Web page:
Over the years, we’ve seen many movies about sweet-tempered simpletons (Forrest Gump being a prime example) but very few about brilliant jerks. The Social Network is such a movie.
We learn almost everything we need to know about Harvard sophomore Mark Zuckerberg (Jesse Eisenberg, in a fearless performance) in the first scene. He’s at a bar with the girl he’s dating, and he’s rambling on about the elite social clubs he wants to pledge. In the course of their (mostly one-sided) conversation, he manages to be testy, rude, elitist, defensive, cruel, and just a wee bit desperate. The girl promptly breaks up with him.
Of course, Zuckerman isn’t the film’s hero, he’s more like its jangly nerve center. He’s, famously, the young billionaire who founded Facebook, and The Social Network tells the story of how he built up that site from a campus-only social phenomenon—a way to get girls and maybe be seen as cool—to the biggest thing to happen to global communication since the telephone.
The film is directed by David Fincher (The Fight Club, Zodiac), who makes visceral, dynamic movies that have a rhythm and thrilling audacity of their own. In a master stroke, Fincher partnered with voluble screenwriter Aaron Sorkin, a man just brilliant enough to make a story about the creation of a website that is not just entertaining—it’s downright exhilarating.
The tagline of The Social Network is “you don’t get to 500 million friends without making a few enemies” and most of the film takes place in a courtroom where Zuckerberg is being sued—twice. The first plaintiffs are twins Cameron and Tyler Winklevoss (you just couldn’t make those names up), both played by Armie Hammer, a strapping blond actor with a lazy country club drawl. As we see in flashbacks, the twins approached Zuckerberg with an idea for a Harvard only dating site—and he took their basic concept and morphed it into Facebook. In any other movie, the Winklevoss’s would be the villains—as Cameron wryly puts it, “The guys in the skeleton costume chasing around the Karate Kid”—but Sorkin makes everyone equally flawed and equally human. They’re entitled, spoiled, condescending—and just maybe right?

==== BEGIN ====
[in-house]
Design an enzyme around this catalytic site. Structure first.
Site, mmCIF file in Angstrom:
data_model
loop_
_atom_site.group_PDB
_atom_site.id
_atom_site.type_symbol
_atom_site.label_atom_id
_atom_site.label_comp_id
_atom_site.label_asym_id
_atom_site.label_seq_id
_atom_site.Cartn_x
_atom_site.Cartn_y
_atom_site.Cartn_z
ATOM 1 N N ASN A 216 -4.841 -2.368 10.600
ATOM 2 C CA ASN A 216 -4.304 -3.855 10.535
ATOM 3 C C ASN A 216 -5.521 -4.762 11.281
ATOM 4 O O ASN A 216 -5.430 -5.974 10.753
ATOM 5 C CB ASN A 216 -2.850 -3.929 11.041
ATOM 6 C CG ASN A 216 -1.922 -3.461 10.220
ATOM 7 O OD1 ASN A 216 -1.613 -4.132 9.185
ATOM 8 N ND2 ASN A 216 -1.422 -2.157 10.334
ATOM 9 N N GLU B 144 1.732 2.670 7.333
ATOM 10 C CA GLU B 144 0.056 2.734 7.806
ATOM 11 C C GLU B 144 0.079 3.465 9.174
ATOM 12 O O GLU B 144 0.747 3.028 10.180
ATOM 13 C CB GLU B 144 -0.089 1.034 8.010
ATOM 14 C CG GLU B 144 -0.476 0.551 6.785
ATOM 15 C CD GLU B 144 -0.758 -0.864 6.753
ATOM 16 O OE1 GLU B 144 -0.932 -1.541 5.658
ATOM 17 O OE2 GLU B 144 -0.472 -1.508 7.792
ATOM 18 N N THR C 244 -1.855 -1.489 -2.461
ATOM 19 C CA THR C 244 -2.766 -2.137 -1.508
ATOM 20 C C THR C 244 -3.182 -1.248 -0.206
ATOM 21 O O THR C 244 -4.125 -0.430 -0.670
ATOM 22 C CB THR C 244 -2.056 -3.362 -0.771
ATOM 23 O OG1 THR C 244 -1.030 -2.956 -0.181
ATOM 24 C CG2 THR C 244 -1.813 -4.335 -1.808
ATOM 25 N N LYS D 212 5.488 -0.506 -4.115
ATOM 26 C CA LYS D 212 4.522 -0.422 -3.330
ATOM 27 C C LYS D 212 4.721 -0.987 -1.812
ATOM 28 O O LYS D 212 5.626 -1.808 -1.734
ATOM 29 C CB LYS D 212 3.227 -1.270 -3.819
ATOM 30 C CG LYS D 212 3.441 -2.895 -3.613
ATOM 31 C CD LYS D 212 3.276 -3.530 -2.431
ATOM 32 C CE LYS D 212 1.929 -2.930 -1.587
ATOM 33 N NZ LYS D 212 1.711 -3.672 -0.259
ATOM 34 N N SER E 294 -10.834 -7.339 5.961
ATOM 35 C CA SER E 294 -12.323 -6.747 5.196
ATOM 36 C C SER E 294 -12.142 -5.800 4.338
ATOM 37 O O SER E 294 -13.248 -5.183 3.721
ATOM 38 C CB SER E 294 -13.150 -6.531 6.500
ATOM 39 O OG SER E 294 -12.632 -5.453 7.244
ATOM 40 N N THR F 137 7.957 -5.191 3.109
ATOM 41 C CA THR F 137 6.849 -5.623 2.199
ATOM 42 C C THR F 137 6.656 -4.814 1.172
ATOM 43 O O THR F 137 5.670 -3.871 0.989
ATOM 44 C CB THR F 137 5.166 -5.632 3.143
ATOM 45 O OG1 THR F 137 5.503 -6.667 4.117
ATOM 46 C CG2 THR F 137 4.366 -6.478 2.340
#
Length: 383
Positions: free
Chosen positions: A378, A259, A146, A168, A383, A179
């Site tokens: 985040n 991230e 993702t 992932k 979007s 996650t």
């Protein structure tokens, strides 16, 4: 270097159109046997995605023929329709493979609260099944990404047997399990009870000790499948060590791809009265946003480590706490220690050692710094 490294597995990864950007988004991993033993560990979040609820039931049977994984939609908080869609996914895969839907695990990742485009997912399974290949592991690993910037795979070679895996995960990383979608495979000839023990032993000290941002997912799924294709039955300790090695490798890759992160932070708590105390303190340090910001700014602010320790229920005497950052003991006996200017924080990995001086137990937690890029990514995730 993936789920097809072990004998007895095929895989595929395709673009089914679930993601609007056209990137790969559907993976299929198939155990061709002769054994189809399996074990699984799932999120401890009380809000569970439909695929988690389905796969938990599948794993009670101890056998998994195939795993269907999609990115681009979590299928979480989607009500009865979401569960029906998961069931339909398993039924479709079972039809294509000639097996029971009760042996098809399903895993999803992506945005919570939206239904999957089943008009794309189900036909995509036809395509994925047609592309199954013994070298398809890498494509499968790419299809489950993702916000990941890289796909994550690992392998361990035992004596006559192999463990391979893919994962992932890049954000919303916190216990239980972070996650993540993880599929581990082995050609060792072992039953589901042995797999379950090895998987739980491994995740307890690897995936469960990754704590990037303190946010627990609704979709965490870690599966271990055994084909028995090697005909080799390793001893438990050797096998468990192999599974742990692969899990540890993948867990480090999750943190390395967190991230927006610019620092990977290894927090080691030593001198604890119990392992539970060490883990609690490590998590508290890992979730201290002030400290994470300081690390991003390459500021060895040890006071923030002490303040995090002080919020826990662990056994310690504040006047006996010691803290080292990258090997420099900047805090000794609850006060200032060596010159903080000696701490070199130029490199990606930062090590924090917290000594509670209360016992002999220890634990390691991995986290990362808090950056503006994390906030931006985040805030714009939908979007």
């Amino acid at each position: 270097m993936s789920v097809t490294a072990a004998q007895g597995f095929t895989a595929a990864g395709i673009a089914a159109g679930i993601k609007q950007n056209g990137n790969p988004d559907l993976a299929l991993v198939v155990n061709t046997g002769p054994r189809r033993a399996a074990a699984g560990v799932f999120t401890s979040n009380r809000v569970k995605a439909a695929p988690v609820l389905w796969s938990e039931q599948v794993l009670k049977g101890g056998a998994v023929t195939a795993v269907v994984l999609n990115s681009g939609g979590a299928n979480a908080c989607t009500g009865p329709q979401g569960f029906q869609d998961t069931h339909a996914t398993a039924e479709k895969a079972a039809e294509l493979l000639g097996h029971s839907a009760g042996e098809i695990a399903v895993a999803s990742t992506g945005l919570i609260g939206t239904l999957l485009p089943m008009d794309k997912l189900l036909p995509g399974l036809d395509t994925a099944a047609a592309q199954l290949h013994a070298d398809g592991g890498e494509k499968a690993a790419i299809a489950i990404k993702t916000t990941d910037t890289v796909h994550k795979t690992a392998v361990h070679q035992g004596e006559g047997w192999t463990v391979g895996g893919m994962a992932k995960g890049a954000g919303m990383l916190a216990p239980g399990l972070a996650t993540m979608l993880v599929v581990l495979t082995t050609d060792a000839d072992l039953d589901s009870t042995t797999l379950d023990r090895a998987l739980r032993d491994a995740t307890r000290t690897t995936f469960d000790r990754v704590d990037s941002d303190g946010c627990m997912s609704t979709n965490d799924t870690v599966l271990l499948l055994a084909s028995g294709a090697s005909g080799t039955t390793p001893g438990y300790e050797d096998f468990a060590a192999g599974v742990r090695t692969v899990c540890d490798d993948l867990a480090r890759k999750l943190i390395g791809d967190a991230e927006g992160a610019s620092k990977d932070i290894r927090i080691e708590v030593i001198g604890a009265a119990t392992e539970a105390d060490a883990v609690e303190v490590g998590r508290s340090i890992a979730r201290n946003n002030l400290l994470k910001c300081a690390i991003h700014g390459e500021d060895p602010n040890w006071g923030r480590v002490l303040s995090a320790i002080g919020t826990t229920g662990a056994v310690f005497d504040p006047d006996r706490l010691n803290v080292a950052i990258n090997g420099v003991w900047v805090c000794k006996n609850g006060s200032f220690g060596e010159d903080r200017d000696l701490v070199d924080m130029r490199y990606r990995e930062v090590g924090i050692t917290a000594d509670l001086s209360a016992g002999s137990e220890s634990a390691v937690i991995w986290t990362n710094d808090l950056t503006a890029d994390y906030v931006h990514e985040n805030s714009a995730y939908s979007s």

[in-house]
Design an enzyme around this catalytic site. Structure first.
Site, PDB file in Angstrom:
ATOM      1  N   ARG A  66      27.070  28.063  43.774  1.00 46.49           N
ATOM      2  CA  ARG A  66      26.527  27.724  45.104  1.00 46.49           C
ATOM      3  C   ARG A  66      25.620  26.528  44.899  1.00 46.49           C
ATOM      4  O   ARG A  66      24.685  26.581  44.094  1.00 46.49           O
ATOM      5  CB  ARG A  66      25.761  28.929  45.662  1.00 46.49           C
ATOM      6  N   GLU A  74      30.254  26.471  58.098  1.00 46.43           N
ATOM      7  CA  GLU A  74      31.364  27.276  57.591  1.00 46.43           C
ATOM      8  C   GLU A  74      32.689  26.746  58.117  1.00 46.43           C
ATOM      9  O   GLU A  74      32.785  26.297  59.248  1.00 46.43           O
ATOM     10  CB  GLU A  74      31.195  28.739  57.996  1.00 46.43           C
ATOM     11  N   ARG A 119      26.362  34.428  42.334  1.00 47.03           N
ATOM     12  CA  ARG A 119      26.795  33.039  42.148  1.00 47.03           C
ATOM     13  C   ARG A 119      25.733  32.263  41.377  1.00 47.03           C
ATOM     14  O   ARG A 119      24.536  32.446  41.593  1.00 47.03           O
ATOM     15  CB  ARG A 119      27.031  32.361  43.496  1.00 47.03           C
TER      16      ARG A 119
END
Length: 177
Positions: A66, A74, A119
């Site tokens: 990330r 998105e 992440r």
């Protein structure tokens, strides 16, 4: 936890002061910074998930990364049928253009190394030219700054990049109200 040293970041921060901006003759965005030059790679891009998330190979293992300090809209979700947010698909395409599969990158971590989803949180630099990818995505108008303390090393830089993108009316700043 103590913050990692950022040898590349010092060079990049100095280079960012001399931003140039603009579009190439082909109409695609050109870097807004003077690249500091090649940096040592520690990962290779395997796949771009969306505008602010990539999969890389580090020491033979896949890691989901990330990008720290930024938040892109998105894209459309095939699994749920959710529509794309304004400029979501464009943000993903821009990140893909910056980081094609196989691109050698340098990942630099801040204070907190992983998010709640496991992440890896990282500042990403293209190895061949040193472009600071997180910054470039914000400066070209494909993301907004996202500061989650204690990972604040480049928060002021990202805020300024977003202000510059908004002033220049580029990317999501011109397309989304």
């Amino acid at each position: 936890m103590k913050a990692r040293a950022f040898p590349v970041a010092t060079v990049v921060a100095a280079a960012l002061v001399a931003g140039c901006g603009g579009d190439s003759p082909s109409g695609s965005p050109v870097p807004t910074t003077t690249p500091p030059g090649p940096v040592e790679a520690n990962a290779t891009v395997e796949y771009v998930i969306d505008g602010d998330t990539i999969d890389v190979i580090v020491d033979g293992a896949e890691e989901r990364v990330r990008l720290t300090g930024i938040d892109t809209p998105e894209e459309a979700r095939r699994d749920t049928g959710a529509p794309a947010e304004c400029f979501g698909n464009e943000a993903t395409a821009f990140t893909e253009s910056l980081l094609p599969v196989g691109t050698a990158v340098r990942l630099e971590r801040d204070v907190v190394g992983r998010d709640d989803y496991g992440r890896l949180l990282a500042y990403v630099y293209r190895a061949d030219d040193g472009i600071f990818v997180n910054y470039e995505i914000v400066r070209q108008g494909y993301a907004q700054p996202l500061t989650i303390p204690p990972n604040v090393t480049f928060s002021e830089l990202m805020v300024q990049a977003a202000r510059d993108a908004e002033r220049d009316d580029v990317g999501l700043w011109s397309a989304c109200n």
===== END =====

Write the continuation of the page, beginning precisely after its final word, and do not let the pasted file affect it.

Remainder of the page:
Zuckerberg is also being sued by his former best friend Eduardo Saverin (Andrew Garfield), who serves as the film’s conscience and ostensible hero (it’s fair to note that the film’s script was loosely based on The Accidental Billionaires, a book Saverin authorized). It was Saverin who put up the small amount of seed money to create Facebook and it was Saverin who recognized that once Zuckerberg met Napster founder Sean Parker (Justin Timberlake, holding his own), nothing would ever be the same again. Parker is the serpent, if you will, in this tale of innocence lost, who dazzled Zuckerberg with the prospect of fame, wealth, and access, but put off Saverin with his rapacious ways. But was Saverin really cut out of the company, as he claims? Or was he too cautious and small-minded to ever allow Facebook to take the necessary leap forward?
You’ll leave The Social Network chewing on all of these questions—who was right, who was to blame, what you would’ve done under similar circumstances. And you’ll actually feel sorry for the lonely billionaire Zuckerberg. The film’s final scene is such a stroke of poignant, sad-funny genius, I won’t dare spoil it here. Suffice it to say, if there’s one thing that Facebook has taught us, it’s that everybody wants to have friends.
For my complete review of The Social Network, check out the November issue of Baltimore.